Burlesque fans save the curtains from falling on museum’s memorabilia

In a small room tucked in a corner on the first floor of Emergency Arts, 520 E. Fremont St., is the Burlesque Hall of Fame, dedicated to the history in artifacts and photographs of the unique art form. So many artifacts exist, in fact, that only a fraction of the hall’s collection is displayed in its 1,200-square-foot space, with the rest in storage.

"I think we show half of 1 percent of what we have," said Dustin Wax, Burlesque Hall of Fame executive director. "We have a huge collection – about 4,000 pieces – and people still donate things all the time."

The remainder of the hall’s collection was temporarily in jeopardy when Wax found out July 23 that it could be seized under eminent domain from its storage units on Martin Luther King Boulevard near Interstate 15 because of the widening of the highway and pending construction. To relocate and house the collection, Wax aimed to raise $20,000 by Aug. 31, a goal he was able to reach the day before deadline through indiegogo.com.

"We have a great community of people who support us," Wax said. "A lot of people were immediately pouring out support. We raised about $8,000 within three weeks, and people hosted benefits in five cities."

As of Sept. 6, the campaign topped more than $23,000, which Wax said covers moving and storage costs and provides an opportunity to put together burlesque shows and traveling exhibitions. It’s a big step in the right direction, he said, for eventually finding a space large enough to house a collection that spans more than 100 years.

The collection was originally housed in a barn in Helendale, Calif., until a small team of people that included Laura Herbert, president of the museum’s board of directors, led its move to Las Vegas in 2010. Herbert said that since then, the Burlesque Hall of Fame has evolved into something valuable for a small burlesque community.

"From this (campaign), you can see that people believe the collection is deserving of a bigger, better home," Herbert said. "Every baby step has this ripple effect in the community. There is such an incredible wealth of talent and performers here, and it’s a great symbol of our community."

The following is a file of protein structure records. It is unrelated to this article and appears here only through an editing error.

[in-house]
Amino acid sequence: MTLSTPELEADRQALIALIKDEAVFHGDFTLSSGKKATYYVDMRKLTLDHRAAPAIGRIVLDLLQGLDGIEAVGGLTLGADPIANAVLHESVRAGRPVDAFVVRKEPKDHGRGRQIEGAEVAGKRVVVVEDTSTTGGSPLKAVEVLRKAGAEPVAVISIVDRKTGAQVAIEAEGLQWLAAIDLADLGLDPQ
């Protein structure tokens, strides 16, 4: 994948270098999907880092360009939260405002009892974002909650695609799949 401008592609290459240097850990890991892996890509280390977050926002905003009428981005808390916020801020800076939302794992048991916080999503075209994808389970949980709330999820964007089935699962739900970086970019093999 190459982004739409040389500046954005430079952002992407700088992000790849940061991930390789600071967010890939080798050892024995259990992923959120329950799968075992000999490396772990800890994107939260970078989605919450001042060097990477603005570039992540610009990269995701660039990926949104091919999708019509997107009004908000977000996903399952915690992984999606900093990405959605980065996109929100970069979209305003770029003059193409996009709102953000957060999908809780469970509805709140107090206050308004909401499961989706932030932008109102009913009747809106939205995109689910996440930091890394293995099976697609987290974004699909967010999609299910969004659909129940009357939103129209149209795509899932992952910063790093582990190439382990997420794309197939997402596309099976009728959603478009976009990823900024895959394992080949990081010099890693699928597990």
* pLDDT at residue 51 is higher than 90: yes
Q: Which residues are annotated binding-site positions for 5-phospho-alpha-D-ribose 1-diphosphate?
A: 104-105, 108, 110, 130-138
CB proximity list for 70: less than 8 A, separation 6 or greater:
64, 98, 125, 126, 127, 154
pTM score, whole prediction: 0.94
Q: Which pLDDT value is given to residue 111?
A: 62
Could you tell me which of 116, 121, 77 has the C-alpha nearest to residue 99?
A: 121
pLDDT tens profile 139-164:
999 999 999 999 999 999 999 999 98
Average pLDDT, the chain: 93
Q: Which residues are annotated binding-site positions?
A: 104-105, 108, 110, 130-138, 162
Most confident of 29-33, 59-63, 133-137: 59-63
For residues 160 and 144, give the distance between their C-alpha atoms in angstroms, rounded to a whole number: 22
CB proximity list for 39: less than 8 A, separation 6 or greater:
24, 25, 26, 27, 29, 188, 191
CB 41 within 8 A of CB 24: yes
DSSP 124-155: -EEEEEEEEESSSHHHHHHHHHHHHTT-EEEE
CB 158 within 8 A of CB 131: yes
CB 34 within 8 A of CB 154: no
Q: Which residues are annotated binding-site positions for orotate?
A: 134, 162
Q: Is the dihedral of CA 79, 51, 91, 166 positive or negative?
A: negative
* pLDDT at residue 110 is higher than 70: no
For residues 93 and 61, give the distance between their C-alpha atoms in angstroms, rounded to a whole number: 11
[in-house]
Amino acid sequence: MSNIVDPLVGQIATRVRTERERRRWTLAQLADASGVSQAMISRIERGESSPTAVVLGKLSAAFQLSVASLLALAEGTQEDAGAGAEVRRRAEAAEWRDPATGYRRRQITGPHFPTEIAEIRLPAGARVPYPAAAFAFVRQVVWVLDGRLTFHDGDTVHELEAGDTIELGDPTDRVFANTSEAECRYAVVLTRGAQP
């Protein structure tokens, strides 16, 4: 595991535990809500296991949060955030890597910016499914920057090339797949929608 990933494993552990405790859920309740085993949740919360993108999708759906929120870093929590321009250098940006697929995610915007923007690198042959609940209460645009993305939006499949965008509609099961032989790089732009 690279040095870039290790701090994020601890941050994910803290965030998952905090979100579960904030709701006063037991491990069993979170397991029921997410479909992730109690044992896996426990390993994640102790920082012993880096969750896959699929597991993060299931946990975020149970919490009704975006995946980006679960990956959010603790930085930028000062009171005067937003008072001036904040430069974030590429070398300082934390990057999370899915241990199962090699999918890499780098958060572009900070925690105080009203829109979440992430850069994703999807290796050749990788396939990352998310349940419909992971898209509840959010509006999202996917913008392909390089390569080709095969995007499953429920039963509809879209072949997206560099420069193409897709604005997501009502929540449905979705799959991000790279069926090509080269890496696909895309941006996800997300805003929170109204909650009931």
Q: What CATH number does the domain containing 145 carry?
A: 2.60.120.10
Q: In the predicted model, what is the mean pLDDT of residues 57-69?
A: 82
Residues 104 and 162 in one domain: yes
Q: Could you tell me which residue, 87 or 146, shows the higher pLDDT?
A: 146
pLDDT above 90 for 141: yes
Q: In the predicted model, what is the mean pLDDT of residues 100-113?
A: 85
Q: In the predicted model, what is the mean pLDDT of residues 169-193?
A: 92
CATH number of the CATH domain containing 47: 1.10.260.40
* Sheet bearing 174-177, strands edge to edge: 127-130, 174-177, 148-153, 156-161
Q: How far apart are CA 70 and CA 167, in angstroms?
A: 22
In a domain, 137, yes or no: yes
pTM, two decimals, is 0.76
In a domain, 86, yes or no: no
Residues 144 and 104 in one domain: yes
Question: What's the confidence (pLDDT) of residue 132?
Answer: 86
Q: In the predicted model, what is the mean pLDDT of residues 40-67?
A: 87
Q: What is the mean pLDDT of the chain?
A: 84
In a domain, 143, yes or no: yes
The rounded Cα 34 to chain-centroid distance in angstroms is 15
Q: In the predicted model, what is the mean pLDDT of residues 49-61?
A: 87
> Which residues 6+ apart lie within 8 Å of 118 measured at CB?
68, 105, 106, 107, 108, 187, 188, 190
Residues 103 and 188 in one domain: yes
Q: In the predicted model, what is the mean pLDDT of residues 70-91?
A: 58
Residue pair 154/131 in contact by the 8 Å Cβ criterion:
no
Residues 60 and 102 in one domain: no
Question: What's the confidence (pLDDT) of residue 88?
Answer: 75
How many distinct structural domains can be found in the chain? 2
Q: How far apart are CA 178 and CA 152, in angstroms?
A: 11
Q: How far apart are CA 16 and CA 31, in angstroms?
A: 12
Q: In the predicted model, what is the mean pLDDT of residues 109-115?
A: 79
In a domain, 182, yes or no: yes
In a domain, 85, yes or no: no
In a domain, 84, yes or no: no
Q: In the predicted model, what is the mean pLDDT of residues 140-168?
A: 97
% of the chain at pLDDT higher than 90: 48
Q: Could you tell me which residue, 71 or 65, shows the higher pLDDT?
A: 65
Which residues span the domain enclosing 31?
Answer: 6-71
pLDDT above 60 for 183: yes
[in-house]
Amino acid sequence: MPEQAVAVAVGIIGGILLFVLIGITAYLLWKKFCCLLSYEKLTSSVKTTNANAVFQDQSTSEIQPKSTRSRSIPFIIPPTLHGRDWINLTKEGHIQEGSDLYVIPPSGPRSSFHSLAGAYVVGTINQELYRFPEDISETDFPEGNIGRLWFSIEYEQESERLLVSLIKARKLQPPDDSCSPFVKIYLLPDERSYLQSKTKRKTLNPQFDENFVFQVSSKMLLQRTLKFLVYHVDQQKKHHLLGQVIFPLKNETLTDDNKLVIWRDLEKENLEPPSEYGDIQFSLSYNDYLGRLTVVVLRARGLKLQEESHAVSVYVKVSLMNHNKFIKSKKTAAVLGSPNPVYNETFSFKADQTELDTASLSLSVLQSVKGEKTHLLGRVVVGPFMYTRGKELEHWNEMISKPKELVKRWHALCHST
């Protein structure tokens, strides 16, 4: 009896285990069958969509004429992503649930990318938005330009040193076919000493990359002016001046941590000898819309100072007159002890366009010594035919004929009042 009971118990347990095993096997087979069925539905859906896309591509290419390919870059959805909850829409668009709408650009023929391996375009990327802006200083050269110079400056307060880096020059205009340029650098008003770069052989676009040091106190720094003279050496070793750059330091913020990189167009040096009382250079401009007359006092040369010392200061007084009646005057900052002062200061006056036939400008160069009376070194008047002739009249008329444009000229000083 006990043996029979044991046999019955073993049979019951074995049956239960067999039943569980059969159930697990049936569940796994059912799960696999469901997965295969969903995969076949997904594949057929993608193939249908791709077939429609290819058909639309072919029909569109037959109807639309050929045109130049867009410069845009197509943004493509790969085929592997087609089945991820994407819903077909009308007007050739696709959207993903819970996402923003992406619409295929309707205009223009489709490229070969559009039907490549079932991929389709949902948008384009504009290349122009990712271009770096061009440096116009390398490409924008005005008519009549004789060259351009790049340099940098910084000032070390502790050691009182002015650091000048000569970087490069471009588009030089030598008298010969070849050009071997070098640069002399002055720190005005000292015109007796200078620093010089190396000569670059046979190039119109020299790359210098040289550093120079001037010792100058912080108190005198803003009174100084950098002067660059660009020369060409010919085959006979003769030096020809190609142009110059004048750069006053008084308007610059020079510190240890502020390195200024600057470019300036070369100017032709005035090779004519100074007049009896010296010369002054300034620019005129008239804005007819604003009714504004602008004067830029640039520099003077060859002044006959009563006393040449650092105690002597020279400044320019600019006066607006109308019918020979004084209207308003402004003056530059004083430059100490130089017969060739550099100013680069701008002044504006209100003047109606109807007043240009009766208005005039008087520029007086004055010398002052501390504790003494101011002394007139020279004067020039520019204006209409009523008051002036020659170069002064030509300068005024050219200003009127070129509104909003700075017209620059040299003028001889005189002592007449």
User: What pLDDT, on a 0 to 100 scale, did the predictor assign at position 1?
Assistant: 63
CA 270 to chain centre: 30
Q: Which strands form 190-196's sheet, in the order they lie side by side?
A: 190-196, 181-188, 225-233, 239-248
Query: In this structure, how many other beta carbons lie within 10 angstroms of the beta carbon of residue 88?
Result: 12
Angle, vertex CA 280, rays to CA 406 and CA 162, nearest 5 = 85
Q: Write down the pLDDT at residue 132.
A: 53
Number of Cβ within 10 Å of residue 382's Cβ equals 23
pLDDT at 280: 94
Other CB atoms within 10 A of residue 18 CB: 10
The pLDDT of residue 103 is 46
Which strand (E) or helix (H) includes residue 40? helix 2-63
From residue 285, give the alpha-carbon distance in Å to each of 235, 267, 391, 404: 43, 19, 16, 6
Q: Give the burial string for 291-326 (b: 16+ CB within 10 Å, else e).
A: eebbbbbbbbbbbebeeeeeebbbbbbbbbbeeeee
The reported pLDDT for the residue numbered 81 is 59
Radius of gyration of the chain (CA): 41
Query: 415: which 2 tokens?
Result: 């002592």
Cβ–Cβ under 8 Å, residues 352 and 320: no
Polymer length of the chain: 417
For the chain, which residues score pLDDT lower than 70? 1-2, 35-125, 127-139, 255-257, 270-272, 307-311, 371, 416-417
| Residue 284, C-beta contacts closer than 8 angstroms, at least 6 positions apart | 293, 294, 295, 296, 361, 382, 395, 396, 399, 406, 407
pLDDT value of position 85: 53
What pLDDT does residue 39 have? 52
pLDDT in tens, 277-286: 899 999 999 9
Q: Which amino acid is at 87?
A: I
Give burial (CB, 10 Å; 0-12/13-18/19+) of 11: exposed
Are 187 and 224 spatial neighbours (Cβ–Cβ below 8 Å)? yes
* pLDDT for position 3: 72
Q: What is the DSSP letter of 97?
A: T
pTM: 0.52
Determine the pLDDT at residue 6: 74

Wax, who opens the museum from noon to 5 p.m. every Wednesday to Sunday, said he hopes to extend hours and acquire a larger space within the next five years. Staying downtown, he said, is a priority.

"There’s a lot of synergy with old Vegas, the Cultural Corridor and the Arts District all coming together in a big way," Wax said. "We’re a part of that, and we want to stay downtown. People on (the Burlesque Hall of Fame) wall dated people on the Mob Museum wall under signs at the Neon Museum. Someone can go visit the Mob Museum and then go down to the Neon Museum and the burlesque museum and see all of this. I think that makes for a pretty good afternoon."

On a topic that Wax said is often considered risqué and "always a marginal part of society," he views showcasing burlesque history as something beneficial to residents and tourists.

"Burlesque is part of our heritage," Wax said. "There’s this whole model of femininity, sexuality and feminine representation. Burlesque has always been about parody, the roles of women and how to deal with problems in society. I think we’re in the process of doing justice to the collection we have and displaying it well."

For more information on the Burlesque Hall of Fame, call 888-661-6465 or visit burlesquehall.com.

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